Hello! My name is Maggie Hitchings, and my group and I have spent the last week and a half investigating and reporting on student filmmakers. One of our group members, Barbara Levin, is enrolled in a Cal Poly class titled ISLA 341, “Cinematic Process.” We decided to do a feature story on the students in this class, as they are currently creating short fiction films to be shown at the SLO International Film Festival on March 15.
Initially, we bounced around various ideas surrounding this class and the film culture at Cal Poly. One topic our group was interested in was whether or not there should be a film major at Cal Poly, and not just the ISLA minor. After talking to peers and posting on social media, I found that students have a big interest in the filmmaking process, and would like to see a film major here. Additionally, the Cal Poly community wanted to know more about ISLA 341 and the behind the scenes that goes on when creating short films.
Clara Knapp, who wrote the news editorial for this project, learned a surprising amount about the creativity and hard work that goes into these films.
“This project was interesting for me because as a broadcast journalist, I tend to focus on more hard-hitting, straightforward forms of journalism. However, learning about the artistic short films these students have created is really inspiring. It makes me wish that I had taken this class while I still had time! This class is definitely a hidden gem at Cal Poly,” said Knapp.
As we continued to explore this topic, we felt it was important to show the talent and creativity the students in this class have, as we are a predominantly technical school. Barbara Levin, our multimedia specialist, felt it was vital to use multimedia that displays the hard work behind the films.
“Not many people know about the film aspect and the talented videographers that go to Cal Poly. This article was a great opportunity to inform Cal Poly students about the film program and show them what other students are putting together. I made a poster explaining the stages of production to give people a sense of what these students go through,” said Levin.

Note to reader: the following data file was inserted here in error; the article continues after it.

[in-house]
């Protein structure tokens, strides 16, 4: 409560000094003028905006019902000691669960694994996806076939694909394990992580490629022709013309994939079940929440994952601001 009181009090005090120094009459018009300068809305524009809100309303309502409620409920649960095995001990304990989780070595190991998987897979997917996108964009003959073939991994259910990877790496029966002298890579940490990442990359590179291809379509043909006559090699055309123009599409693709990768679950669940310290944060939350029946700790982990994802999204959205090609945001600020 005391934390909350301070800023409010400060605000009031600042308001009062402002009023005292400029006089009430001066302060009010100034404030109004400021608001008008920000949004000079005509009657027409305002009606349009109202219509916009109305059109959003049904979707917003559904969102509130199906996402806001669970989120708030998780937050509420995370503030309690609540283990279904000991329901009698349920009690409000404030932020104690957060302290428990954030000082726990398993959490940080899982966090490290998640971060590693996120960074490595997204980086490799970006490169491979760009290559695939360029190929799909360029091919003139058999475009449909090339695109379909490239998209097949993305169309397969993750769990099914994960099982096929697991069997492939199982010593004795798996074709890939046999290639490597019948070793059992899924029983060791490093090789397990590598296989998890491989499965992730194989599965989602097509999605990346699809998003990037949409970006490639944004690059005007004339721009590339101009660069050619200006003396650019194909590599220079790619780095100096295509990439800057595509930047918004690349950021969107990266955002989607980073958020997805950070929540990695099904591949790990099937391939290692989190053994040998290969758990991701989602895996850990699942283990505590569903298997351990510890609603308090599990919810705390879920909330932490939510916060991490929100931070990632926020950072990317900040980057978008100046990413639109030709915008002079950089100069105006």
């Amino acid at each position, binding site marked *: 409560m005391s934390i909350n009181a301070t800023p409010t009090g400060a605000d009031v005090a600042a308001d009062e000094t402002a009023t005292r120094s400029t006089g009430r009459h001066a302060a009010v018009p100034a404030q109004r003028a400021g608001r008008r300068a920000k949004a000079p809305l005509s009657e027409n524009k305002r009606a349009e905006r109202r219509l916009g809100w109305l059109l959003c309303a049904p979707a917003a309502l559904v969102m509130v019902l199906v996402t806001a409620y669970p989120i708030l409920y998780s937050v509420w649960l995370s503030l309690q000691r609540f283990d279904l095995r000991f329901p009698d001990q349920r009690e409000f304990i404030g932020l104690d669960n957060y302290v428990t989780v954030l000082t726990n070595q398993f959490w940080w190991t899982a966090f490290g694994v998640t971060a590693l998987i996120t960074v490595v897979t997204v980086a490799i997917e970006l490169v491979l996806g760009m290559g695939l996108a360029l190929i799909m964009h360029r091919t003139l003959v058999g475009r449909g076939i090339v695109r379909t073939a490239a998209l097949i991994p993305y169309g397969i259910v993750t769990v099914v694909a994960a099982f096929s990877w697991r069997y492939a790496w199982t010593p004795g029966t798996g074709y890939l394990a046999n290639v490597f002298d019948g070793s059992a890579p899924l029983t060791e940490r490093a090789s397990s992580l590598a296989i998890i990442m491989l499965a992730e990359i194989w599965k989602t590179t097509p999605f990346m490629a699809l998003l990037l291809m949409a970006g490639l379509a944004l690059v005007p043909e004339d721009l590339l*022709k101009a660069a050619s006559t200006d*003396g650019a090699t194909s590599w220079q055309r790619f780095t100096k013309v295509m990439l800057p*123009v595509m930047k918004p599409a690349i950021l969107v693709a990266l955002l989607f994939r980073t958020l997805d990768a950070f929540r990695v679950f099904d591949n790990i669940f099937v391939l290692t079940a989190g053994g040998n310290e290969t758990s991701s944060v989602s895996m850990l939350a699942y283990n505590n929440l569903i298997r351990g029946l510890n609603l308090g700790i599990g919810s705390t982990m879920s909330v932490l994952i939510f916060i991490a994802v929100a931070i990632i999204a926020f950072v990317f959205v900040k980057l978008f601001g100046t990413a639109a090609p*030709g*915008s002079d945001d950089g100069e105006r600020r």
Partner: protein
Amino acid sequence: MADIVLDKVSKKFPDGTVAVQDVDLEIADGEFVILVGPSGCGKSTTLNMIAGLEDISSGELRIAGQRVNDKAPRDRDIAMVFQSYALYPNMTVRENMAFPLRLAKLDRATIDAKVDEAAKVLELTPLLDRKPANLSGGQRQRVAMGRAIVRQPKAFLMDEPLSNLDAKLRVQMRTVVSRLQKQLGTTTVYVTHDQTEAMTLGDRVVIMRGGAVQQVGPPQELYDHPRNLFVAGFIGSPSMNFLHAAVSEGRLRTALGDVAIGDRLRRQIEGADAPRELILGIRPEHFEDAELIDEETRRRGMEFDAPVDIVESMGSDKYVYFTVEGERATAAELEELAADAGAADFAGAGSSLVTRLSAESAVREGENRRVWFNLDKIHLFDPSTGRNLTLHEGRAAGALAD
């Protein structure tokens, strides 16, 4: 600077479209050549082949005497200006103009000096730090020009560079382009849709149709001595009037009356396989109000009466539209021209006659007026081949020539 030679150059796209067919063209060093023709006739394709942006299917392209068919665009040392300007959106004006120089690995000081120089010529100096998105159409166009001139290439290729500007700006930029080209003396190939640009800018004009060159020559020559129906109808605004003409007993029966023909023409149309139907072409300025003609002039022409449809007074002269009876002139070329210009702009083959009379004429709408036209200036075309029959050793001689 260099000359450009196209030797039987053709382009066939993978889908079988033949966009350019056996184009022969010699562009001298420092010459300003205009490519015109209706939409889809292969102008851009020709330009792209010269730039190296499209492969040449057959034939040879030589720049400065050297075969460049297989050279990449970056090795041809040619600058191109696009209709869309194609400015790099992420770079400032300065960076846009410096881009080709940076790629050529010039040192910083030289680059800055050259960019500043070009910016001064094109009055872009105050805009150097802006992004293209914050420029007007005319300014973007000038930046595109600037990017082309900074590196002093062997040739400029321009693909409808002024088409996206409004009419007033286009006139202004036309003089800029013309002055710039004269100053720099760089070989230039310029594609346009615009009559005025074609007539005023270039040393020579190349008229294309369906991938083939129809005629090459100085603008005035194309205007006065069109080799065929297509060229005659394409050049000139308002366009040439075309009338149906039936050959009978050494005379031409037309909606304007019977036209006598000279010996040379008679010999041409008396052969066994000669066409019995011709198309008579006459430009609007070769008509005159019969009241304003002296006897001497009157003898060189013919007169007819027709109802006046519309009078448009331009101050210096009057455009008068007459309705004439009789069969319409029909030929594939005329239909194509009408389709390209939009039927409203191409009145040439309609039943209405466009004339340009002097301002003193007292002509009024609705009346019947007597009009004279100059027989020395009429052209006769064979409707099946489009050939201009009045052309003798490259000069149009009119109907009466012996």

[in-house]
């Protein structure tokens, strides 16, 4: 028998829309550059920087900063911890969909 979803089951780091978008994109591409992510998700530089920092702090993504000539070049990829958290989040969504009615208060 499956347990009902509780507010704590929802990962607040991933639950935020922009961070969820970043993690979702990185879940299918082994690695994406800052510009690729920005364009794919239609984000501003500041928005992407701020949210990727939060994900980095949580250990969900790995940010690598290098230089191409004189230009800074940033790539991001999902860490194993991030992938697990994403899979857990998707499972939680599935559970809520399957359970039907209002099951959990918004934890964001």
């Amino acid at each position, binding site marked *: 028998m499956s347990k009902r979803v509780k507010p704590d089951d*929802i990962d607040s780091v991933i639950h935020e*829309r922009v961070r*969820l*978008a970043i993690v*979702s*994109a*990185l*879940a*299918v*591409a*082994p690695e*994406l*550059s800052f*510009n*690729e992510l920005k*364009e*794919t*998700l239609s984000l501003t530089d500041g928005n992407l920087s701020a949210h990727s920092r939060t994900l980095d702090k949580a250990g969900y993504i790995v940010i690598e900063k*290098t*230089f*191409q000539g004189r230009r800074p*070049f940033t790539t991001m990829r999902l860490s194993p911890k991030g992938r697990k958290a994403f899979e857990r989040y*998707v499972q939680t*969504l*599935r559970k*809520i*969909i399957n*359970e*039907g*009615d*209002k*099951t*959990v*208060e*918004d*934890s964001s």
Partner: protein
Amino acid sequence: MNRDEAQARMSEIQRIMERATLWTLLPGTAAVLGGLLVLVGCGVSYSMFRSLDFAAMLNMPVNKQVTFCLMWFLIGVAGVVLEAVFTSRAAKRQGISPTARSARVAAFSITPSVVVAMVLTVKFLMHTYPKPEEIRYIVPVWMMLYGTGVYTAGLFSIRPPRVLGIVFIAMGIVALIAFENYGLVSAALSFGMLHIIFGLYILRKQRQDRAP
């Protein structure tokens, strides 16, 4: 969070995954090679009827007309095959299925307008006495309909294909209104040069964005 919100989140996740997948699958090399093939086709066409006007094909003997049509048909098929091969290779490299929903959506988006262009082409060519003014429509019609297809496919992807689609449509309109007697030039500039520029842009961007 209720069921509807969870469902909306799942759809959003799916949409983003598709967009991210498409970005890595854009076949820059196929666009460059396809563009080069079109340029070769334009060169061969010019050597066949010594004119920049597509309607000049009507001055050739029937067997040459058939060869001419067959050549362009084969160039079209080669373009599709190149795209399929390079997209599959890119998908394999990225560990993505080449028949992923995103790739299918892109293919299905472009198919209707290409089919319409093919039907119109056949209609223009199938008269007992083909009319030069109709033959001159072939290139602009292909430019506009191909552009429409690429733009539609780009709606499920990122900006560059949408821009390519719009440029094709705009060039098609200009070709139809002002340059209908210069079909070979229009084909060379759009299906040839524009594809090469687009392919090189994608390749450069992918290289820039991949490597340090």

I accompanied Clara to her interviews. Professor Barros, who teaches ISLA 341, was extremely animated and excited to talk about the class. She sent me some great stills from the student films.
Barros explained to Clara and I how much time and effort goes into making the films.
“It’s something that they don’t think about, how much detail has to be applied to each element of the film and how much work it takes and how much time it takes to make a really good film,” said Barros.
Our broadcast specialist Allison Royal wanted to embody the passion students have in her video. Another major theme we found through the reporting process was the immense amount of pride these students anticipate to feel when they see the finished product of their film.
“When I was on the phone with one source, Georgie, before I had my KCPR interview, she said she was going to cry when she finally saw her film “Vixen” hit the big screen. I hope that sense of emotion hits our readers should this be published,” said Royal.
However, this project was not all a walk in the park. Our group struggled through scheduling issues and communication barriers.
“In terms of challenges of reporting, scheduling was a challenge for me because the students once changed the time of their filming and it was also a little windy when I recorded an outdoor interview. All things considered, I was able to accommodate for the wind and the audio turned out nicely,” said Royal.